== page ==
Trends in Early Vortex Formation on a Wall-to-wall Plate in Pure Plunge

Document Type

Conference Paper

Publication Date


Publication Source

53rd AIAA Aerospace Sciences Meeting


Discernible trends in early vortex formation have been in inter vortex-plate distance, circulation, and vortex maximum azimuthal velocity when plunging a wall-to-wall flat plate at fixed angles of attack ranging from 15o to 90o with two different accelerative profiles. Vortex formation and shedding continues to play an important role in unsteady aerodynamics with applications ranging from flapping wings to maneuvering flight to helicopter rotors. Above a relatively low angle of attack when a flat plate is plunged in a fluid a leading edge vortex (LEV) is formed close to the leading edge and a trailing edge vortex (TEV) is formed close to the trailing edge. The formation, growth and convection of the LEV and TEV strongly influence the pressure field surrounding the flat plate and ultimately the forces experienced by the plate. Experiments were performed at the United States Air Force Research Labs Horizontal Free Surface Water Tunnel (AFRL/HFWT) with linear and sinusoidal acceleration profiles. The formation of the LEV was investigated for both acceleration profiles using Particle Image Velocimetry (PIV).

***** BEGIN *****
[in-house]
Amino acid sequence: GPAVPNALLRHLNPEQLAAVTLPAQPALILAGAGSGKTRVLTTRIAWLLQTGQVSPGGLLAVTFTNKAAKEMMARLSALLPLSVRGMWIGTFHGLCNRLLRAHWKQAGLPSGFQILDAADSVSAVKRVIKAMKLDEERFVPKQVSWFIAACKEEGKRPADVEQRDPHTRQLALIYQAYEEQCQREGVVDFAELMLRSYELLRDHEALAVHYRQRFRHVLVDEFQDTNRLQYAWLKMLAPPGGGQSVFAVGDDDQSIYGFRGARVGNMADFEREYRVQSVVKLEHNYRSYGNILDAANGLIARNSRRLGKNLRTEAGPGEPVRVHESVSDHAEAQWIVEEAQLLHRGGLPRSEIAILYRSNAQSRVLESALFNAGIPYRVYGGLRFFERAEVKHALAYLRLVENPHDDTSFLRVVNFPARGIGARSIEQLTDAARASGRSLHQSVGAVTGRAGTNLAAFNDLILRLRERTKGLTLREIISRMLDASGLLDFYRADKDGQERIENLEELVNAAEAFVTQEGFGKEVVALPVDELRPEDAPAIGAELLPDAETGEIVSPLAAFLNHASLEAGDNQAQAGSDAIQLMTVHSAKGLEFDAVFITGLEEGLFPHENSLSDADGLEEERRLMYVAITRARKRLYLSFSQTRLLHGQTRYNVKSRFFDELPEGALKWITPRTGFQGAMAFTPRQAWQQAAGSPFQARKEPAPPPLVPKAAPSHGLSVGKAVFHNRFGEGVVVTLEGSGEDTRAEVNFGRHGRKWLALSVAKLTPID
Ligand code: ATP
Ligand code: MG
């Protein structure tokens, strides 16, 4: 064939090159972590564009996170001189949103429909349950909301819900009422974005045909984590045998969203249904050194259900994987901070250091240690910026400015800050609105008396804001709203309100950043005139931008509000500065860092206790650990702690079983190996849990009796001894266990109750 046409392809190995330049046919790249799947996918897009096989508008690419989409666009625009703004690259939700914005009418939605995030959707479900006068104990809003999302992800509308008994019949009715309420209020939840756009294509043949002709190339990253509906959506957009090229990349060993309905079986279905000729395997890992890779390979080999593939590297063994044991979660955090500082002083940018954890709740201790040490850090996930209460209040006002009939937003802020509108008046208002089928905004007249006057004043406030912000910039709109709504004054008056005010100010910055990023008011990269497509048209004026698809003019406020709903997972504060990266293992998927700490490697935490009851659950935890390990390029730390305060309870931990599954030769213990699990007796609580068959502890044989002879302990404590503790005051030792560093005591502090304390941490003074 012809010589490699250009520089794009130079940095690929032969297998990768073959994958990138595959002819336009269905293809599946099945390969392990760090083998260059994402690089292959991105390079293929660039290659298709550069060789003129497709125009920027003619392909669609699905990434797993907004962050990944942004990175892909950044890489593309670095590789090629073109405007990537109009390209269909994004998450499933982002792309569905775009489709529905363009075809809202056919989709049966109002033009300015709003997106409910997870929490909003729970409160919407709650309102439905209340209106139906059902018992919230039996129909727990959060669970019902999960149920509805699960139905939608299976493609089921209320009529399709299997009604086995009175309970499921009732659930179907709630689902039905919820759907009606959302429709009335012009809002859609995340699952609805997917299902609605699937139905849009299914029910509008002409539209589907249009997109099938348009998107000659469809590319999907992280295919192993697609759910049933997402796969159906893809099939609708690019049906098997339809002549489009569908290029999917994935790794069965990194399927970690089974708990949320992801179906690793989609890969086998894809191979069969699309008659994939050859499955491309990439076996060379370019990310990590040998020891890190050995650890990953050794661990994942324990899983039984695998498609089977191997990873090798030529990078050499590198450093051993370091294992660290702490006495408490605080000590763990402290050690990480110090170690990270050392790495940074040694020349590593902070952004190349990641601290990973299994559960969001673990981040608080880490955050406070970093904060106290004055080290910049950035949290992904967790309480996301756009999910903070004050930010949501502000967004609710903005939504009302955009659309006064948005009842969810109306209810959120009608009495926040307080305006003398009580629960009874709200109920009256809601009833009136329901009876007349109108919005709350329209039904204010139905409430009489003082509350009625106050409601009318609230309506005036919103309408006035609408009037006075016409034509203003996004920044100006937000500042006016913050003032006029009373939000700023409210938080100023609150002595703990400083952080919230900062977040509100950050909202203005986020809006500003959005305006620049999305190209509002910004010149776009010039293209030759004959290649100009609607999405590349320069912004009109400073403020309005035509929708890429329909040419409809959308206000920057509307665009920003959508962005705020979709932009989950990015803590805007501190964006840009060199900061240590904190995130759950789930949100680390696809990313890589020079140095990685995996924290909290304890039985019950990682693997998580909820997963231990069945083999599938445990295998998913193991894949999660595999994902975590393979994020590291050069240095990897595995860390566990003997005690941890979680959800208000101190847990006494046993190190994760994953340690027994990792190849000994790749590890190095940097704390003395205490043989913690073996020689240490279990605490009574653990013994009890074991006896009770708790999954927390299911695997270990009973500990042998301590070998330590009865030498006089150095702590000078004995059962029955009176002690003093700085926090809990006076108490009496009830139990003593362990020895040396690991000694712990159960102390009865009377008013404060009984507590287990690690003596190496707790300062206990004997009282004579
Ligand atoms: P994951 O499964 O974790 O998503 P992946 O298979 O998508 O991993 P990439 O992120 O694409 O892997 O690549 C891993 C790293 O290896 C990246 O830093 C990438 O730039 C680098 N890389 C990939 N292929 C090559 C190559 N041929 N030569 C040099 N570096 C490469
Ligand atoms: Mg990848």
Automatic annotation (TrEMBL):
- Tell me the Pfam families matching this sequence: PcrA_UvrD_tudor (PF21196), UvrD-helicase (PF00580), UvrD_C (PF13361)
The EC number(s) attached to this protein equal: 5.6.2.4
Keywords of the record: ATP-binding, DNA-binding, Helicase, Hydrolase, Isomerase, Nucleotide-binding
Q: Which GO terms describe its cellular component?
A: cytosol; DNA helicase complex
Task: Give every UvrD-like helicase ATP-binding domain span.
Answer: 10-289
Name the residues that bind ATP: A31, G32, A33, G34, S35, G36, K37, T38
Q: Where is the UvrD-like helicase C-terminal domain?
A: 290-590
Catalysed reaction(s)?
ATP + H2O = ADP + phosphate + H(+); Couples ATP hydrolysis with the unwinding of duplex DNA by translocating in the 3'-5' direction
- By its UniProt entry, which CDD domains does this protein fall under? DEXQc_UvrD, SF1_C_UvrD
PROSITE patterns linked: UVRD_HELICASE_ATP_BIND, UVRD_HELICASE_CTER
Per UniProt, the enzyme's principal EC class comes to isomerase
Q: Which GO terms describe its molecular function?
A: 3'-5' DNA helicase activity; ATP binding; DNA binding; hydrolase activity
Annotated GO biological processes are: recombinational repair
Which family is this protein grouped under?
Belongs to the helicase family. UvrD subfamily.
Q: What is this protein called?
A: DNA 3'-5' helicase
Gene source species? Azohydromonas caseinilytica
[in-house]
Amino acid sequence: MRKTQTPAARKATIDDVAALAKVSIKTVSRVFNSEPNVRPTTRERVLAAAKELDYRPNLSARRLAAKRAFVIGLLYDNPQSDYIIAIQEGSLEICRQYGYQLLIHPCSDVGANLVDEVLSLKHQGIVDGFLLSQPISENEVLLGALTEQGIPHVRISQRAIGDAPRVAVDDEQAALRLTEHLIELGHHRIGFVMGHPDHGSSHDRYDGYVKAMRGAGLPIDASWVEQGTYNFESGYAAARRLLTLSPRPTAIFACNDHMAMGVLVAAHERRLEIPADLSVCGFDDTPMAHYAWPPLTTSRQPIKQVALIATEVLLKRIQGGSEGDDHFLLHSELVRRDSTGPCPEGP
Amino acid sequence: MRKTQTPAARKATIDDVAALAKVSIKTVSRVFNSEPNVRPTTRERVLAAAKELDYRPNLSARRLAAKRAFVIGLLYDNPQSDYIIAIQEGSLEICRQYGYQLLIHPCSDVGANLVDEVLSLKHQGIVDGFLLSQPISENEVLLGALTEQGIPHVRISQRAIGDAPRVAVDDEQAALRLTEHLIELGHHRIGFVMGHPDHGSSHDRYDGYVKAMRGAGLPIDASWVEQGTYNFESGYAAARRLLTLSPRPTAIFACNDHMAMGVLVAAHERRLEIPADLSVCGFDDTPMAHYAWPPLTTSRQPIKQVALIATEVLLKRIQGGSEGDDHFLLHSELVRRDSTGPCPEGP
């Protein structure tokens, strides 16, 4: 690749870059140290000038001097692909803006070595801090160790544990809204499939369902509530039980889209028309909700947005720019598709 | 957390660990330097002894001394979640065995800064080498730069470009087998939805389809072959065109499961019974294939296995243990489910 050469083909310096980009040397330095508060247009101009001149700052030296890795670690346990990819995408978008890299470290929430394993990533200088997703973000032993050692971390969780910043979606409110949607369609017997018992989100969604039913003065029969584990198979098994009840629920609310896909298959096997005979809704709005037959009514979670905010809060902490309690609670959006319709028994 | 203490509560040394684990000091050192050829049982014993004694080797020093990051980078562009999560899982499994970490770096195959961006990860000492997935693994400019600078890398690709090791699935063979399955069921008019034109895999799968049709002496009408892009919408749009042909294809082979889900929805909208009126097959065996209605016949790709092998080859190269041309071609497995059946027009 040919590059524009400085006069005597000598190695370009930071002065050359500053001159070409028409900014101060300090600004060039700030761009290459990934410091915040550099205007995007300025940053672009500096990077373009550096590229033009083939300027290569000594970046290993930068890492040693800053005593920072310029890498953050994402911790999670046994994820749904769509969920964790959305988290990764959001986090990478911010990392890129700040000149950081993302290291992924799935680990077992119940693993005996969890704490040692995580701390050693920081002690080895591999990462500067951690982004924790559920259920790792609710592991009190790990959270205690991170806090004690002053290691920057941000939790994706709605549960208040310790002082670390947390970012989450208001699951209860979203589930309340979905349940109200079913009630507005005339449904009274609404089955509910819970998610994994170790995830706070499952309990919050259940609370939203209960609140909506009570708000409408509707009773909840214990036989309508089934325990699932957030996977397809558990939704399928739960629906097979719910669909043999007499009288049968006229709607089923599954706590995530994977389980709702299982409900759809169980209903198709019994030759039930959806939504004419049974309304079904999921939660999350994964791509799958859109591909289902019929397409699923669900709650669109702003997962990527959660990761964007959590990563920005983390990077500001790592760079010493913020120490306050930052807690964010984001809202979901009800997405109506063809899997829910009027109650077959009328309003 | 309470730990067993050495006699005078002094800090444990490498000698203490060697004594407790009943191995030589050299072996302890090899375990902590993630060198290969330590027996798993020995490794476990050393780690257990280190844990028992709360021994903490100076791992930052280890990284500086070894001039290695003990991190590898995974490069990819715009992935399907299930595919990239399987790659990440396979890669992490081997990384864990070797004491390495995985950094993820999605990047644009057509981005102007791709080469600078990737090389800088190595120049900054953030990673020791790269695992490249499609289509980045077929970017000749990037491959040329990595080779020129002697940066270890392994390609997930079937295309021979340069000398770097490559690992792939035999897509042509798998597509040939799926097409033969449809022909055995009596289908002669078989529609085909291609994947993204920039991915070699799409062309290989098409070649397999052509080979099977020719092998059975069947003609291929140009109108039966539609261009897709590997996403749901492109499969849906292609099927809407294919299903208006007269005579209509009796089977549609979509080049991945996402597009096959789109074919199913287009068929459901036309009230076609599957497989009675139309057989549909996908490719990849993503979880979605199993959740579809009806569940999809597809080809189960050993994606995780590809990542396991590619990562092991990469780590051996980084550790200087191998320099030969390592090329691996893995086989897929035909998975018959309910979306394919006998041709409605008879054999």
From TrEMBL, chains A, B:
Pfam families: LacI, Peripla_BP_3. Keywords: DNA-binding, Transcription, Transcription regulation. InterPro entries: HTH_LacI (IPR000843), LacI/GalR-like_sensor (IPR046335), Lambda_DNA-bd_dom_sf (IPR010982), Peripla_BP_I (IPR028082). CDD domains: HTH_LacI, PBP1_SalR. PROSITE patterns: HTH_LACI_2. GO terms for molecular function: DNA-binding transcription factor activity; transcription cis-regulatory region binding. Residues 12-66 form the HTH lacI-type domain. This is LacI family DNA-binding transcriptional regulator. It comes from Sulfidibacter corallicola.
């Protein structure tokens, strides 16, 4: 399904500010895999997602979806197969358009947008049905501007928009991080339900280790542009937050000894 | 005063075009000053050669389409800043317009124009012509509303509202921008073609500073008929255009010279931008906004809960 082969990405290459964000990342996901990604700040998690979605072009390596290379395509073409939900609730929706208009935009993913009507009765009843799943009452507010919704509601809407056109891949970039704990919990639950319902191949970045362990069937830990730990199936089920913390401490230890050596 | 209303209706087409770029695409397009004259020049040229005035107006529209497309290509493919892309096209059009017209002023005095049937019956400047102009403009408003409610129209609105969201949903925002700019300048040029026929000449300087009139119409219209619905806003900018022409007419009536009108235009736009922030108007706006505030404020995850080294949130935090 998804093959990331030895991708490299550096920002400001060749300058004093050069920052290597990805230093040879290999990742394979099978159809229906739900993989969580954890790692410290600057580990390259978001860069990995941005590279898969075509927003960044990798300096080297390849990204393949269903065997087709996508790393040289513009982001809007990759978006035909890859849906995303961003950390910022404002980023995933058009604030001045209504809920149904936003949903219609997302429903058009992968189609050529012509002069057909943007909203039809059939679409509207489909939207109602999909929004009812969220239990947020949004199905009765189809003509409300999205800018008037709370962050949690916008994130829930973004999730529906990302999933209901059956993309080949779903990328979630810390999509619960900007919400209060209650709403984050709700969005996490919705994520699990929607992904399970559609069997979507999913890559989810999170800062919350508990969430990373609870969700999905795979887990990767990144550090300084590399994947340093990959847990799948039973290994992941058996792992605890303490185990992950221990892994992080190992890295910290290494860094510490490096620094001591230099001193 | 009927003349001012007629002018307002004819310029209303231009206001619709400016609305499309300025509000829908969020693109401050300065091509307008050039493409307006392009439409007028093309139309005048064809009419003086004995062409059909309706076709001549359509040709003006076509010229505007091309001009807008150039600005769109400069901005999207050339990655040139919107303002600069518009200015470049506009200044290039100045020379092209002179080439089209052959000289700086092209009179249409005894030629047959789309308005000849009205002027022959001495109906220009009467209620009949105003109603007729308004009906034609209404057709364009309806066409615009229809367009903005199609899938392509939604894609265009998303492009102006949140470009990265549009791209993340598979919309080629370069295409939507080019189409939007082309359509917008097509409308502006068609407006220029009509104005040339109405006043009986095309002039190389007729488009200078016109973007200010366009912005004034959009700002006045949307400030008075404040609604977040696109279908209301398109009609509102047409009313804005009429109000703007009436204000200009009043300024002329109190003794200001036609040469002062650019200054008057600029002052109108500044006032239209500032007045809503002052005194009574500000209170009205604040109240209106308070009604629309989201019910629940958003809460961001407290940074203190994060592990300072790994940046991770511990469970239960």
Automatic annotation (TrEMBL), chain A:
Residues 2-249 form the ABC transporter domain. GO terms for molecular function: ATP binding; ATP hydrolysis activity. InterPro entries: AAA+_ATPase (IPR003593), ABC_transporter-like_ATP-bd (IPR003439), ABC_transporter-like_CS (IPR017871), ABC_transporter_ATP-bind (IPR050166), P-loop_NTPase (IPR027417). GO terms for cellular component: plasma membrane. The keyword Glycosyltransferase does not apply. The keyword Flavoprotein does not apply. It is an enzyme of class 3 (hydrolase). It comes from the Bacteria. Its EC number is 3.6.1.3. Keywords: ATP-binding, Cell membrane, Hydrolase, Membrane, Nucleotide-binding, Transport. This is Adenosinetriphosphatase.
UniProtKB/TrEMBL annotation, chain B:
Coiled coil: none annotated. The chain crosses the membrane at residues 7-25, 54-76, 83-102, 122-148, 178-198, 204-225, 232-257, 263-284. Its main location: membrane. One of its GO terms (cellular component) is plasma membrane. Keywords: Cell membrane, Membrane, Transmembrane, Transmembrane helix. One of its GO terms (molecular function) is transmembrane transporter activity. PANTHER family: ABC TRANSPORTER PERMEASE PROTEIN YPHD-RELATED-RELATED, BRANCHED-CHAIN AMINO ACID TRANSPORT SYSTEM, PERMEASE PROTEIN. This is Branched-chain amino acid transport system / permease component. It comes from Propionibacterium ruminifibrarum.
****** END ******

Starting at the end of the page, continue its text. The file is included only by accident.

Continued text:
Trends were identified in both the LEV distance to the plate as a function of convective distance and with angle of attack. Similarly, trends were identified in maximum vortex azimuthal velocity. The LEV normalized azimuthal velocity profiles were compared with several vortex models in the literature. The existing models were unable to reproduce the asymmetric azimuthal velocity distributions resulting from vortex proximity to the plate. A new model based on experimental results is proposed for the LEV core azimuthal velocity distribution inclusive of plate proximity effects.




Permission documentation is on file.


American Institute of Aeronautics and Astronautics

Place of Publication

Kissimmee, FL